2018/01/07

Julie Held

Julie Held
j.held@btinternet.com
www.julieheld.com
Instagram: julie.held


Trees, like people and places have been subjects of mine since I began painting. They embody and reflect elements that mirror ourselves as human beings : roots, mythologies, diversity, mutability and connections. Thus presenting endless possibilities to examine and capture in their representation.

Julie Held
Dull Day at St James Park. oil on canvas, 20 x 15 cm

Julie Held
Autumn bright day, mixed media on canvas, 76 x 61 cm

Julie Held
Valentine's Day Florist and Trees, watercolour on paper, 71 x 61 cm

Julie Held
Autumn Garden, oil on canvas, 183 x 183 cm

Julie Held
Moonlit Garden. oil on canvas, 183 x 183 cm

2017/12/21

Mike Holcroft

Mike Holcroft 
mikeholcroft@googlemail.com
www.waterstreetgallery.co.uk/artists/painting/mike-holcroft


My immersion ‘into the landscape’ began when unknown to my parents I bunked-off school and spent my eighth birthday in late January shivering with a fishing rod on the banks the River Ribble in Lancashire. This experience - two minnows and a gudgeon - led to an obsession with fishing and shooting and by the age of fifteen I owned three shotguns. In the game season, I supplemented my lowly-paid day job by selling trout, partridge, pigeon, duck, pheasant but mainly rabbit.

Mike Holcroft
Road to Rake Farm N° 5, charcoal and pastel on paper, 55 x 62 cm, 2017

My shooting days came to an abrupt end aged 17 when in fading light I shot an owl by mistake. My hunting friends and I had a deeply held but perhaps superstitious belief that such an act had ominous consequences. I threw my treasured Bernadelli shotgun into a deep basin in the river never to shoot again. This experience led me to turn inwards and from that moment on I developed a more contemplative approach to life. Instead of stalking game, I became a hunter of images and in the blink of an eye I was in the life room of Blackburn School of Art (65-67) gaining admission with a 20ft long work on the reverse side of a roll of wallpaper using charcoal, pen and ink - expressionistic depictions of the Blackburn poliomyelitis epidemic of 1965. Then on to Walthamstow School of Art (69-72) and Royal College of Art (72-76).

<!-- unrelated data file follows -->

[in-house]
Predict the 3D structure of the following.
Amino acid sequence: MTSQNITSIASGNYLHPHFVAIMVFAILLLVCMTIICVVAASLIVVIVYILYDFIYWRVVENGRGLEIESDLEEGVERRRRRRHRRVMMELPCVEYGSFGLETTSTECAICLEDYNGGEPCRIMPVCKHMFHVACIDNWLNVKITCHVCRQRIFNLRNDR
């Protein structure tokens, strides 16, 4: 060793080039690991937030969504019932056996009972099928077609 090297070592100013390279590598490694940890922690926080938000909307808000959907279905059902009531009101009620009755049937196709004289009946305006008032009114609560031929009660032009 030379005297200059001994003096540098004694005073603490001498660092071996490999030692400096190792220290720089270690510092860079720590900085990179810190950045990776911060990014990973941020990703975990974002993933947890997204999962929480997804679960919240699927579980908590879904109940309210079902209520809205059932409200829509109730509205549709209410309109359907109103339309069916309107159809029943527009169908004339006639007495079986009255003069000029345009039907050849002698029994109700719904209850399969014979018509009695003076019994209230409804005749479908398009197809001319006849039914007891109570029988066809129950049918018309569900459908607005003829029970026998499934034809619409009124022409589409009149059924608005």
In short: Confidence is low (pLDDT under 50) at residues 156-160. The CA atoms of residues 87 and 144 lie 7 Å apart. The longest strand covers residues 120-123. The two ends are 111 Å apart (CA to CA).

Mike Holcroft
Mist on The Road to Rake Farm N° 3, charcoal and pastel on paper, 59 x 45 cm, 2017

Returning to my roots in The North of England after a long absence has triggered a passionate interest in landscape. Here in Todmorden, it’s easy to access within a ten to fifteen minutes  brisk walk, the rambling, natural rich diversity of oak-clough woodlands that rise up steeply from the valley bottom and cluster along the skyline of pasture, eventually petering-out into wild moorland.

I find the ever changing complexity of wood-land-scape simultaneously uplifting and unsettling and I try to reflect this ambiguity in my work. Gradually, over the past few years trees have become essential subject matter through which I’m able to ‘speak from the heart’ with my language as a visual artist. Returning to ones place of origin after a forty years absence can be a gamble but in my case I feel increasingly able to connect with that magical element- inspiration. It doesn’t happen everyday and it certainly doesn’t come easy. The very best moments on a walk can leave me lost for words as I reach for the camera or sketchbook in order to capture what can often be a fleeting moment. The photo/sketch may lie dormant for weeks or months but once triggered passes through a series of graphic transformations all leading towards the closest proximity to the original scene that grabbed me.

Mike Holcroft
Road to Rake Farm N° 4, charcoal and pastel on paper, 62 x 52 cm 2017

When a drawing takes-off it slowly develops to a point where it has its own inner dynamic and momentum. A struggle then ensues as the surface undergoes constant orchestration, a process of erasure and editing, akin to both forging with hammer and anvil alongside the delicate application of pastel or charcoal.

It is an ironic use of trees burnt offerings charcoal, used in order to record its beauty!

Mike Holcroft
The Unitarian Church, charcoal and pastel, Todmorden,80 x 78 cm, 2017

2017/12/03

Natasha Lien

Natasha Lien

natasha.lien7@gmail.com
www.natashalien.com


Brought up walking my dogs everyday in my nearby National Trust woodland,  experiencing the change of seasons and different colours and the contrasting structure of trees with and without leaves I want to share their life-enriching experience in my work.

Natasha Lien
Frithsden Beech Pencil 90 cm x 120 cm

I am passionate about drawing, painting and doing etchings of trees all over the world
(including Ethiopia, Jordan and Morocco) : my mission is to depict them in various forms from rhythmical group compositions to the individual textures of each particular tree and structure within.

Natasha Lien
Hampstead Sweet Chesnut 150 cm x 95 cm